Christmas in the Country, the annual celebration of winter and the holiday season at Exchange Place Living History Farm, 4812 Orebank Road in Kingsport, will take place on Saturday, December 7, from 10:00 am until 4:00 pm.  Admission is free.

The last public event for the year at the historic site, the festival will feature fresh greenery and trees, handcrafted wreaths and roping, and paper wreaths and cloth flowers.  There will be unique folk arts and handcrafts, such as hand-crafted wood items, barn wood furniture, jewelry, handmade baskets, pottery, quilts, handmade greeting cards and hooked rugs.  Your taste buds will be tempted with baked goods, hot sauces, jams and jellies, and goat cheese, in addition to coffee, hot chocolate and snack foods.  And you can pamper yourself with a variety of  herbal products, lye soap, natural lotions as more than two dozen area and regional vendors will have their wares on display on both sides of the historic Gaines-Preston farm, and all will be available for sale.

But Christmas in the Country is more than just a shopping venue: it will also feature hands-on activities for all ages, plus demonstrations of hearthside cooking and baking on the historic 19th century farmstead.

The traditional Yule Log Ceremony at 4:15 pm concludes the day and is highlighted with the singing of carols around the bonfire and a cauldron of wassail.   The burning of the Yule Log can be traced back to the Vikings, who were honoring their gods and asking for good luck in the coming year.  It later became part of the harvest festival in Germany and Scandinavia, and eventually the Normans brought it to England when they conquered the isles, and of course it migrated to the New World with the Pilgrims.  In the 1850s, the Preston family would have celebrated Christmas in a very plain, non-commercial way, and a Yule Log was probably not a part of their holiday, but we have traditionally added it to Christmas in the Country as a symbol of peace and good will for our wonderful community.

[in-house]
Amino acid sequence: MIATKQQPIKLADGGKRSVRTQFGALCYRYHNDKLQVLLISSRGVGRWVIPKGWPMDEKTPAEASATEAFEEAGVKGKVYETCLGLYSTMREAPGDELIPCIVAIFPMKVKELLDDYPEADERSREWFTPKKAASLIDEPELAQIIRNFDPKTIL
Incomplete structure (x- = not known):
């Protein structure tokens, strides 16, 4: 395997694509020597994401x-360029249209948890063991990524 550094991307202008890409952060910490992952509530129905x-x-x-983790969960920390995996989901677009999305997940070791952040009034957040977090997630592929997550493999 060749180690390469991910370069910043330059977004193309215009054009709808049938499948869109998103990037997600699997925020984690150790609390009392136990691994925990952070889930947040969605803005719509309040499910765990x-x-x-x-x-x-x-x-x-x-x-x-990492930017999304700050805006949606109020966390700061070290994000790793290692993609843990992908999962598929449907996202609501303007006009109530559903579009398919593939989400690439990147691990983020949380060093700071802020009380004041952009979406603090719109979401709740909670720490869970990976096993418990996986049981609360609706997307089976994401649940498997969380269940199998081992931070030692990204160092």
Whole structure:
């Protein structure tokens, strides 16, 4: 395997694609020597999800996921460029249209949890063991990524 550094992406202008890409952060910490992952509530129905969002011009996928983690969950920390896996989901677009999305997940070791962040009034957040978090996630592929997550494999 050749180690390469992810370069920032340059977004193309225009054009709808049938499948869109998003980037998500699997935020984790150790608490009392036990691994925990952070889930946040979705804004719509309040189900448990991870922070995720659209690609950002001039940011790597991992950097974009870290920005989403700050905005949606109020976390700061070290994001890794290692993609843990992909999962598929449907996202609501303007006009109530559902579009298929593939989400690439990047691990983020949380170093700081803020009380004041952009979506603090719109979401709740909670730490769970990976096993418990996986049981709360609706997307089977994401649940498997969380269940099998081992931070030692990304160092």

The Yule Log was often decorated with evergreens and sometimes sprinkled with grain or cider before it was finally lit, and after it died down (anywhere from twelve hours to twelve days), its ashes were scattered over the fields to bring fertility, or cast into wells to purify and sweeten the water.  This year we are encouraging everyone present to bring their own sprig to cast onto the fire.  We are also suggesting that people might want to wear fine, colorful headgear to the event.

The word wassail is derived from the Anglo-Saxon “waes hael,” which meant “Be in Health” or “Here’s to You.”  Wassail was a mixture of mulled ale, eggs, curdled cream, roasted apples, nuts and spices, which is a far cry from the hot spiced juice blend served at Exchange Place!  But the fellowship remains the same as in olden days!

For more information, you may call Exchange Place at 423-288-6071, or write to